Calgary

Reports show concrete on Saddledome roof is crumbling

Documents obtained by CBC News through Alberta's Freedom of Information legislation show that pieces of concrete have fallen loose from the roof's ring beam while other crumbling pieces have been removed to prevent them from falling.

Engineering firm says 'condition of the concrete around the ring beam is worsening at an accelerated rate'

Reports show age, weather are crumbling parts of Scotiabank Saddledome's roof

3 months ago
Duration 1:27
Chunks of concrete fell onto a roof structure below which is over the Saddledome's west steps.

Part of the roof of Calgary's Scotiabank Saddledome is falling apart. Literally.

Documents obtained by CBC News through Alberta's Freedom of Information legislation show that pieces of concrete have fallen loose from the roof's ring beam while other crumbling pieces have been removed to prevent them from falling.

Engineering firm Entuitive recommended that there be inspections each spring and fall to monitor any deteriorating conditions of the concrete which have been caused by annual freeze-thaw cycles.

In April 2021, the firm sent a letter to the Calgary Sports and Entertainment Corporation (CSEC)  — which operates the publicly owned building — advising that sections of loose concrete were removed.

But it also stated that "the condition of the concrete around the ring beam is worsening at an accelerated rate."

Earlier this year, netting was installed around the ring beam to catch any pieces of concrete that "appeared to be imminently ready to fall."

A picture in the engineering firm's report shows a piece of concrete which was removed from the Saddledome's ring beam. (Submitted by Entuitive)

Not a structural concern

Pictures in a 2018 report show what happens when concrete breaks free and falls from the roof beam.

Chunks of concrete fell onto a roof structure below which is over the Saddledome's west steps. The heavy material punched a jagged hole in the structure. 

The engineering reports note the problems with the concrete on the ring beam are of a superficial nature and do not present a structural concern for the roof itself.

The City of Calgary refused requests for an interview on the subject.

However, a senior official who is familiar with the reports and the Saddledome told CBC News that there are no concerns about the stability of the roof or for public safety.

The official said a full remediation plan to stabilize the concrete is expected in coming months and a plan to fix the problem will be implemented.

As the work plan has not yet been presented, he said it isn't known how long the work will take to complete or how much it might cost.

Concrete which fell from Saddledome's ring beam punched a hole in the roof of the covering for the building's west entrance. (Submitted by Entuitive)

Council needs information

The chair of city council's event centre committee, Coun. Sonya Sharp, said she had not seen the engineering reports.

She said that council has been given high level briefings on the building's condition but nothing detailed.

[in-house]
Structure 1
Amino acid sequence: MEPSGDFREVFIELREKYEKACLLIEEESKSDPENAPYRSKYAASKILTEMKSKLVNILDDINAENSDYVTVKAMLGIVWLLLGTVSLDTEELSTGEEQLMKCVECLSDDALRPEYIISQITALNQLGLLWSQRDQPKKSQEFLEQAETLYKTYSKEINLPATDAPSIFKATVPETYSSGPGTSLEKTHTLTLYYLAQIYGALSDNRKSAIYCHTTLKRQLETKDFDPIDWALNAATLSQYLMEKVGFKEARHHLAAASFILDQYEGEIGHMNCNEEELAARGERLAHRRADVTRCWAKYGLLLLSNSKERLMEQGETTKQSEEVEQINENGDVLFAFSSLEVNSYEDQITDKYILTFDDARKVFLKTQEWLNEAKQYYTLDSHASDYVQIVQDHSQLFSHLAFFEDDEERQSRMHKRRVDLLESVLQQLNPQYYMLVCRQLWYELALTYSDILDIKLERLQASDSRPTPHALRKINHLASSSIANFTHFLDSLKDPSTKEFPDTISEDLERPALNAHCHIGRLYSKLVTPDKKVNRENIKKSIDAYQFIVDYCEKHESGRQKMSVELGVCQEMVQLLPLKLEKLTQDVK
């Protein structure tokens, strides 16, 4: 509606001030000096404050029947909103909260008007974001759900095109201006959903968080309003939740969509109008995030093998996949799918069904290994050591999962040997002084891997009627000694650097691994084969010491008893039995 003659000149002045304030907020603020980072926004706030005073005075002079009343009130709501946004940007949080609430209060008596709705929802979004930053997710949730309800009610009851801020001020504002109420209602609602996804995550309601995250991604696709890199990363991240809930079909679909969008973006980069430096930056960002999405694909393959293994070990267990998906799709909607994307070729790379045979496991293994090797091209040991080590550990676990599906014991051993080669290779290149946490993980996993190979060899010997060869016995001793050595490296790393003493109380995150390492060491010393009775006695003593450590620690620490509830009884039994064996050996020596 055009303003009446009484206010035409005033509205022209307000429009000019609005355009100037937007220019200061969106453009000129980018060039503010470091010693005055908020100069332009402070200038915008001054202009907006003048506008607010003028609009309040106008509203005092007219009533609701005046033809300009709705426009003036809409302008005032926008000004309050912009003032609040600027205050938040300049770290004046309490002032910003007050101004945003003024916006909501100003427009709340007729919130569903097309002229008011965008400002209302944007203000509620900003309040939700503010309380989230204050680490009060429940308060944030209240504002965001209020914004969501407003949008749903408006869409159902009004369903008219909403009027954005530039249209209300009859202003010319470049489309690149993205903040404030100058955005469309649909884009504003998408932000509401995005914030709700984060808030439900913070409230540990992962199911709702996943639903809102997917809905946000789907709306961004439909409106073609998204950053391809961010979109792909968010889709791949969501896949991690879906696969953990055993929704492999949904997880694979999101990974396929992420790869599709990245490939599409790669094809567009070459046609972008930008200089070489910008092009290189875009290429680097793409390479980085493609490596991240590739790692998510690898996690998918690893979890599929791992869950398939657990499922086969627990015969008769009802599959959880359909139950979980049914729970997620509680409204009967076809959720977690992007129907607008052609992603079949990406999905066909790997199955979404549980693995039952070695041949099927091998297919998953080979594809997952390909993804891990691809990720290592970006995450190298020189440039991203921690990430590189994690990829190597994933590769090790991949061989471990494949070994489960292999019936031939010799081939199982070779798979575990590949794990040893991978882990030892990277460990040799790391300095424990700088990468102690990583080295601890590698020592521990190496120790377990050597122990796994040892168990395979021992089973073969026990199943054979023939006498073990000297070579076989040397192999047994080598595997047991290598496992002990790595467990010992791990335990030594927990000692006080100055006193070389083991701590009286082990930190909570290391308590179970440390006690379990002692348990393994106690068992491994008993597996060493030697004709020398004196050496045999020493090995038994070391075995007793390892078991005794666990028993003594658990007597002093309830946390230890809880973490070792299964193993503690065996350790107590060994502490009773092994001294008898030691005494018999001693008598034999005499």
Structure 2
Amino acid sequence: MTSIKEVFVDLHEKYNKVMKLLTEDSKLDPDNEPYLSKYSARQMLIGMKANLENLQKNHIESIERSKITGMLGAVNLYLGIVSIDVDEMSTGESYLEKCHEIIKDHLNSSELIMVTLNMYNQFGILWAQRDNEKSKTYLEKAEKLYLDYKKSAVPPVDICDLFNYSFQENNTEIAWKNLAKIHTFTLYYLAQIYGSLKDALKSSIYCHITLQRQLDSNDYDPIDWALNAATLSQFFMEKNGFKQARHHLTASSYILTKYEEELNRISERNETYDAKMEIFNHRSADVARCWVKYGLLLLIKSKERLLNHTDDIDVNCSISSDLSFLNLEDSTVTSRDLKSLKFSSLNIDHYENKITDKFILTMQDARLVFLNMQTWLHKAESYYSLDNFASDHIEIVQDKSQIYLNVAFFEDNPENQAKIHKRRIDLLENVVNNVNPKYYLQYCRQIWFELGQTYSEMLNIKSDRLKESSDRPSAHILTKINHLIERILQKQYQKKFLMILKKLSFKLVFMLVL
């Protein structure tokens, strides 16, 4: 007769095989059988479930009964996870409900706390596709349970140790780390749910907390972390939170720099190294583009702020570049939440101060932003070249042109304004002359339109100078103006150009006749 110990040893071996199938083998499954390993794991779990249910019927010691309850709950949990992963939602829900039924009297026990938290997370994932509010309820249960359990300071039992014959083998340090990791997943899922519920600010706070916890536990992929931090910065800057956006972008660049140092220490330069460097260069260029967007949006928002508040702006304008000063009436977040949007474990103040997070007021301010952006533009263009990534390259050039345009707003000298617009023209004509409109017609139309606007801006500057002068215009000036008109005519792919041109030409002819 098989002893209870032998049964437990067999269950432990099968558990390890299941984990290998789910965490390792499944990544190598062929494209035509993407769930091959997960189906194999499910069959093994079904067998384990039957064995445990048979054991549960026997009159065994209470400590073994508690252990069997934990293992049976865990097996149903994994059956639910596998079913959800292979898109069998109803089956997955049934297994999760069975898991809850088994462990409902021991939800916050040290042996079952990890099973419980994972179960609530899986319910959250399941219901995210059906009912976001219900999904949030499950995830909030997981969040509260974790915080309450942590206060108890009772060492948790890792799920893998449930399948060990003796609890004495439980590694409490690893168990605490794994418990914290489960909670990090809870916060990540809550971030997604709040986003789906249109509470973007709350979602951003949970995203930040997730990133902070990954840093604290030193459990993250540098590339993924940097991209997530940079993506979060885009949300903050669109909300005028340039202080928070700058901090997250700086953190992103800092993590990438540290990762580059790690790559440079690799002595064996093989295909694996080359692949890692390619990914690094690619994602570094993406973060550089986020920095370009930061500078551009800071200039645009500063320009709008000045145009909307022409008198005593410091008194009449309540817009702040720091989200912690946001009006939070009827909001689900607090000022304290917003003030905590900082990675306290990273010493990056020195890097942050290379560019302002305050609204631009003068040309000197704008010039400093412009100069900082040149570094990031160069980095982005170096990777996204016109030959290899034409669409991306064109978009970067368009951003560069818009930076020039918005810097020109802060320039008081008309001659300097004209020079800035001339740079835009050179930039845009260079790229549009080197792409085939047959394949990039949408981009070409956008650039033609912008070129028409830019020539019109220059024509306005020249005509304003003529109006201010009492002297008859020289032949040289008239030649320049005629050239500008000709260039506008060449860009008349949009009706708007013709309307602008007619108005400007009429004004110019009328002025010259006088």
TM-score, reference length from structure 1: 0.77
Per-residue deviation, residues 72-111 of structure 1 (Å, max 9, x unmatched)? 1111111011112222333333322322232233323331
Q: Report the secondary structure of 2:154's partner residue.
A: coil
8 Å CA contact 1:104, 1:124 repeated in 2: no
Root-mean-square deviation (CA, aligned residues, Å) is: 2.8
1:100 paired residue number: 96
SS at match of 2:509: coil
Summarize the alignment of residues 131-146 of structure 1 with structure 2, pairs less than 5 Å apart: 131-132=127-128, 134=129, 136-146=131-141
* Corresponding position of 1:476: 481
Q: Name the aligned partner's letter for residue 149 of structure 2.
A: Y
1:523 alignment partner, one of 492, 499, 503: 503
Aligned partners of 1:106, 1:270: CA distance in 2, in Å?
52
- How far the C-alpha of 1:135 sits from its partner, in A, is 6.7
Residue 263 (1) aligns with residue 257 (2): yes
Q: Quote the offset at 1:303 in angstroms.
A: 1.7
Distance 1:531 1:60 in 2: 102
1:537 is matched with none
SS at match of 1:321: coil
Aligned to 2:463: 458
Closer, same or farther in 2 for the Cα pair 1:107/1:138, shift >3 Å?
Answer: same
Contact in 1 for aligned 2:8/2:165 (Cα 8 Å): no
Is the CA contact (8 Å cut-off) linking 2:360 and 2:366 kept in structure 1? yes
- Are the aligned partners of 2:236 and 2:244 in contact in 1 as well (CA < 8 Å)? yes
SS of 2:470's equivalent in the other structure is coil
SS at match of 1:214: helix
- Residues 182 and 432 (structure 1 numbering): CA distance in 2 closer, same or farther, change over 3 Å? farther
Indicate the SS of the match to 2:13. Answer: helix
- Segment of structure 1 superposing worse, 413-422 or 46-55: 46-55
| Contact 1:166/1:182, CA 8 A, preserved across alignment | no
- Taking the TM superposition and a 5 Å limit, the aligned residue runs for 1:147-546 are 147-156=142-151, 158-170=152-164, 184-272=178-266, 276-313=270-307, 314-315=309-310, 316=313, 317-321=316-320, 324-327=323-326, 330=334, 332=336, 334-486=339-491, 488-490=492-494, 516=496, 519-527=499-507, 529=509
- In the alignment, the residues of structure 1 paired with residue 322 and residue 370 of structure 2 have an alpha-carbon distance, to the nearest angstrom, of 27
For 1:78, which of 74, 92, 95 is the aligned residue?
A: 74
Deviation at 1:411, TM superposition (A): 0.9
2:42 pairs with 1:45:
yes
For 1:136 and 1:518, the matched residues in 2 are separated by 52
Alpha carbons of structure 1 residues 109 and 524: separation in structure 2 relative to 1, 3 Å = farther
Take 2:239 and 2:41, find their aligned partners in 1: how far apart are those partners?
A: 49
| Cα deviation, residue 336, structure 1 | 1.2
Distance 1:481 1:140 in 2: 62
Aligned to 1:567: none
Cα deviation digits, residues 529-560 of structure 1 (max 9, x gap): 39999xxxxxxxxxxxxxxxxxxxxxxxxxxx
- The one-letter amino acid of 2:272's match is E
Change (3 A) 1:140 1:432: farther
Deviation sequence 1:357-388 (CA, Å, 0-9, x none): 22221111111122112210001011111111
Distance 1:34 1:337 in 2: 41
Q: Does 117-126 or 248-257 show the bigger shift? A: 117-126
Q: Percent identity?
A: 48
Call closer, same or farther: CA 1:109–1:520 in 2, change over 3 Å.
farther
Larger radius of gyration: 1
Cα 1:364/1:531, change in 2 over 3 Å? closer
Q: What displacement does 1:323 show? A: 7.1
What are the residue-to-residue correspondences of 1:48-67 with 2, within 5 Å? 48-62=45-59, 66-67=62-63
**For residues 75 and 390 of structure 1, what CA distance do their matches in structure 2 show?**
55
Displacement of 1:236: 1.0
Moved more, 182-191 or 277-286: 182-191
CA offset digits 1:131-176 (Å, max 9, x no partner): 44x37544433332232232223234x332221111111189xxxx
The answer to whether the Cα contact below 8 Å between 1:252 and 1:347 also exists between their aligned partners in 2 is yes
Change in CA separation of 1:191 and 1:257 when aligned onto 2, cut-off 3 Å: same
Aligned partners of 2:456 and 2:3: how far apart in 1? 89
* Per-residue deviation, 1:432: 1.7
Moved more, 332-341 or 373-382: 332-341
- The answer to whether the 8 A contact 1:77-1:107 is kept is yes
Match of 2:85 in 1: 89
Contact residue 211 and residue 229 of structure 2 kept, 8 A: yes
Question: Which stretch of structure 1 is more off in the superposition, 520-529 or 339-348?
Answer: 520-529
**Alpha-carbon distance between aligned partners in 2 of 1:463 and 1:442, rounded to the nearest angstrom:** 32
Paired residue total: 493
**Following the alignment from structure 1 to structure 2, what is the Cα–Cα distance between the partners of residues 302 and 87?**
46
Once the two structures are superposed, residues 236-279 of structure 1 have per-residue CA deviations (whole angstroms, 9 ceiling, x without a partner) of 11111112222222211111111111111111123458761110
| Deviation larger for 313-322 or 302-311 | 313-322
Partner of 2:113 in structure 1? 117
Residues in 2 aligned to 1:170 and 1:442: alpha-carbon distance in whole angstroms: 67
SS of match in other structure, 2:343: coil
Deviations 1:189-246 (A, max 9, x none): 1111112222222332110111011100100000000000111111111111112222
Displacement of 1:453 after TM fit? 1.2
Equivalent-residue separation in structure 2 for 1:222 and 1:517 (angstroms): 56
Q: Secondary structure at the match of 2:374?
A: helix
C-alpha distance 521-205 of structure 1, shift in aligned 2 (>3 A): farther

"I'm not an engineer and I will definitely admit that but to understand exactly from administration how secure and safe the building is for the general public is very important for council to understand," said Sharp.

She plans to ask senior administration officials to reveal reports to council members and the public about the Saddledome's condition.

Her committee is tasked with finding a way to build a new event centre for Calgary which would replace the Saddledome, which opened in 1983.

The city's general manager of infrastructure services, Michael Thompson, said the city is monitoring the situation and does semi-annual inspections.

"The building is currently safe and structurally sound, so we're continuing to evaluate and review if any further requirements are needed," he said.

"Buildings of this age require maintenance, just like any other building or facility that we have." 

The NHL's Calgary Flames have a lease with the city to operate the building until 2033.

The team's ownership group, CSEC, is responsible for paying for the building's upkeep, although responsibility for any major repairs to the Saddledome rests with the City of Calgary.

City seeking new deal

A deal between the city and the owners of the Flames on a new building slated to cost more than $600 million fell apart last December when CSEC walked away from the agreement, citing rising costs.

On Wednesday, the city said it's making progress in talks with the owners of the Calgary Flames on a deal.

Sharp said there was a confidential briefing for the committee. Although no details are being released, she says talks are progressing.

"The city, through the third party, is talking to CSEC, and we should all remain very optimistic that that's going to continue." 

In May of this year, the city hired three officials from the commercial real estate sector to approach CSEC about the potential for restarting talks on a new arena.

No recommendations have been made yet on a potential path forward, but city council has thrown its support behind the idea of building a new downtown arena that would replace the Saddledome.

ABOUT THE AUTHOR

Scott Dippel

Politics Reporter

Scott Dippel has been at CBC News for more than two decades across four provinces. His roles have included legislative reporter, news reader, assignment editor and national reporter. When not at Calgary's City Hall, it's still all politics, all the time.

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